Leicester, though, must end that sequence to guarantee themselves a last-eight spot, although a losing bonus point could still see them progress as one of two best runners-up.
The Tigers lost 21-19 at home to Munster three months ago, when fly-half Ronan O'Gara landed a late 50-metre penalty in terrible conditions that left Leicester knowing any further losses would mean likely elimination.
Scrum-half Ellis, who could strengthen his claims for the England number nine shirt against Scotland on February 3 by dominating the battle with Munster's Peter Stringer on Saturday, accepts judgement day is looming.
Ellis said: "It is the biggest game of the season - how often do we say that? - but it is true of this match because we have to go to Munster, win and win well.
"The way these pools have gone in the last two to three years, it has been really tight and come down to the last round of games.
"To go there and win would be tremendous, and it would, hopefully, be a real springboard for the rest of the season.
"They are very passionate about their rugby over there, but we are determined and we will be switched on to giving them a good fight.
"Munster do the simple things really well. They are very direct, control the game well and kick to the corners to play a territory game."
While Leicester have injury concerns surrounding fly-halves Andy Goode, Paul Burke and Ian Humphreys - former Munster player Burke could start on Saturday - the Irish province report no major fitness problems as they target a 14th successive Heineken Cup win.
Munster are unbeaten in European competition since Sale Sharks toppled them at Edgeley Park in late 2004, although they almost came unstuck against Bourgoin four days ago before prevailing 30-27 in Geneva.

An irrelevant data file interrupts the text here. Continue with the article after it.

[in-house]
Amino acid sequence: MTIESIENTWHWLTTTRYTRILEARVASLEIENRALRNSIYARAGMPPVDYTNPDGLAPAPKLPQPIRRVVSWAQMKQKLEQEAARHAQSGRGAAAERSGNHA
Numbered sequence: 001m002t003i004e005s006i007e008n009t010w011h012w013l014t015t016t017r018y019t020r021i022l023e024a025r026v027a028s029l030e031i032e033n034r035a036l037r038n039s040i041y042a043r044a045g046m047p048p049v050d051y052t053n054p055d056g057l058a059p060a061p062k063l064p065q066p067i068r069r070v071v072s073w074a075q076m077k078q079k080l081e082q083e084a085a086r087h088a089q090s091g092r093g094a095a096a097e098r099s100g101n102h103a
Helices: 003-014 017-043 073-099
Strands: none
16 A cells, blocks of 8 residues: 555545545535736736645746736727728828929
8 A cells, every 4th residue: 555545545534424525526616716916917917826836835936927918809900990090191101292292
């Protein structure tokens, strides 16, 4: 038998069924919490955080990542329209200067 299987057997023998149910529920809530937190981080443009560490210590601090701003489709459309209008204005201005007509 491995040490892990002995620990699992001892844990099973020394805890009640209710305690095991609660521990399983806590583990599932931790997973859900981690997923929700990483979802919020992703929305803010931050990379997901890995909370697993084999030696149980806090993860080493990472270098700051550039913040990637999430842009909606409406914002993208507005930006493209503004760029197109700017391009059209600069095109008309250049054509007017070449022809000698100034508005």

Munster skipper Paul O'Connell said: "There are things we have to refine and tidy up after that game.
"We looked at attacking space against Bourgoin - and the boys did that - so we just have to keep on doing what we are doing and tighten it up a bit. There was a lot of good stuff in the Bourgoin match, but at the same time, it is a long way off the type of rugby you need to beat Leicester.
"Mistakes can happen when you have got a lot of hands involved, and we will have to tidy up a lot. I don't think a high-risk game will suit when we play Leicester.
"Leicester are coming to our ground and they have to win. They have clever, experienced players who find that it helps their game a lot to be in an all-or-nothing situation, rather than doing the maths throughout the match.
"It puts you in a unique situation where you have to go all out and play, so it is going to be very different to normal games.
"It is not a question of of individual danger players when it comes to a team like Leicester, as they are a very complete side. They are a well-coached, tidy, efficient, clinical team, and I think those teams can be the most dangerous to play."